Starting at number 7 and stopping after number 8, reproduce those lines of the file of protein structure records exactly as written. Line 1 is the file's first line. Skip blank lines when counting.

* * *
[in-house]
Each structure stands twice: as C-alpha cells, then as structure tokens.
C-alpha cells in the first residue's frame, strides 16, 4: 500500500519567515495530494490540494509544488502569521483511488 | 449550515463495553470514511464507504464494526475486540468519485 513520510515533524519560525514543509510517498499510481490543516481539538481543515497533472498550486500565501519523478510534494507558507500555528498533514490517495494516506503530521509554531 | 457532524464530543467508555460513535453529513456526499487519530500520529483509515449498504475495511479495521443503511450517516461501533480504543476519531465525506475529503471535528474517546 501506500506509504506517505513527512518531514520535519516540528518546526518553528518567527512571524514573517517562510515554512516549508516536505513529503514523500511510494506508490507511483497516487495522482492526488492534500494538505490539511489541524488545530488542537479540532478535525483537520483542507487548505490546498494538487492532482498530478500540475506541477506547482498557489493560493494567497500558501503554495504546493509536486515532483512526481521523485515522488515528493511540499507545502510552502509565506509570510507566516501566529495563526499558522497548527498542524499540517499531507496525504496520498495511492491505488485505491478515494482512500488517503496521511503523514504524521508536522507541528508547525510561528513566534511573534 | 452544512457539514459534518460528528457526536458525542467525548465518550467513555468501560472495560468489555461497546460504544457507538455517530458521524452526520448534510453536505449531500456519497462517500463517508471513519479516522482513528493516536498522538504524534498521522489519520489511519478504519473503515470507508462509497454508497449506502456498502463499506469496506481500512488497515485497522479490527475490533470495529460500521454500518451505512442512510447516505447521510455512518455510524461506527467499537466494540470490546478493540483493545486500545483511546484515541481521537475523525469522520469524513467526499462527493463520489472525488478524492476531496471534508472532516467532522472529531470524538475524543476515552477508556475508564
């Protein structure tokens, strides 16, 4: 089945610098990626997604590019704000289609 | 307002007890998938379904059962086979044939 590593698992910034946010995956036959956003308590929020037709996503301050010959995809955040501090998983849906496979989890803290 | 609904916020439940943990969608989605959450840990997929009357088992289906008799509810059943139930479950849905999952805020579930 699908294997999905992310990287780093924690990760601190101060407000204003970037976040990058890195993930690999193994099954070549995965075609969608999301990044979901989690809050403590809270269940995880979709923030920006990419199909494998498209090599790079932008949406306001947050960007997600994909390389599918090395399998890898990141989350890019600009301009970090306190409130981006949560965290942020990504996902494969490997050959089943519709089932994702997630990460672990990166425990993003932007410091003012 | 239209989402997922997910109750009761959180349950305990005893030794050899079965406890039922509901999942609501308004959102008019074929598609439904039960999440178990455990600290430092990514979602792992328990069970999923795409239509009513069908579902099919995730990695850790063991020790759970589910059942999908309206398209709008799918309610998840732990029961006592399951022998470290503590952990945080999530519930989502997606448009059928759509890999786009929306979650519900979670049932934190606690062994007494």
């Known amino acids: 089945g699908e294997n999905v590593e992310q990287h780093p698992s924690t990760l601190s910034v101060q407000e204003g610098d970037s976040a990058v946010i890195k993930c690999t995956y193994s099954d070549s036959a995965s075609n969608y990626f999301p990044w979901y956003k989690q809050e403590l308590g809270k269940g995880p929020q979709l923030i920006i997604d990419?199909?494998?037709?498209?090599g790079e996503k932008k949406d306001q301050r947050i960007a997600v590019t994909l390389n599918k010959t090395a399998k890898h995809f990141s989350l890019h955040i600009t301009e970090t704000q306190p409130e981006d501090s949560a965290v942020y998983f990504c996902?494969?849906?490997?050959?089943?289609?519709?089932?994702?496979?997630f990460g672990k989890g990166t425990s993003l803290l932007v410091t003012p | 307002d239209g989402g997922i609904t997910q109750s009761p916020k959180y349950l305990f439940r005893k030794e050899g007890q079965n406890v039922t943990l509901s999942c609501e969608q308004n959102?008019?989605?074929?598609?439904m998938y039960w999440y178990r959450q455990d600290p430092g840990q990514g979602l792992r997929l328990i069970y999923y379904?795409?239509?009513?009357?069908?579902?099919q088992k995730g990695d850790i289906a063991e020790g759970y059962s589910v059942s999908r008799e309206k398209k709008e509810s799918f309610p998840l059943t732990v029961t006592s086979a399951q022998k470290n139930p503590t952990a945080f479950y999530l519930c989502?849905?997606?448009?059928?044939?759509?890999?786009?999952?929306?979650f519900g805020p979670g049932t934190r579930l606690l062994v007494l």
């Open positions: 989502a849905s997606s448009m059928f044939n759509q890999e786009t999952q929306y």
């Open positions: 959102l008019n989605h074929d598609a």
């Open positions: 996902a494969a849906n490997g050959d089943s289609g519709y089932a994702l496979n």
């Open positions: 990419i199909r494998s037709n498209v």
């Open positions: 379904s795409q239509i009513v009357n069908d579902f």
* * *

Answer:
């Open positions: 959102l008019n989605h074929d598609a």
């Open positions: 996902a494969a849906n490997g050959d089943s289609g519709y089932a994702l496979n």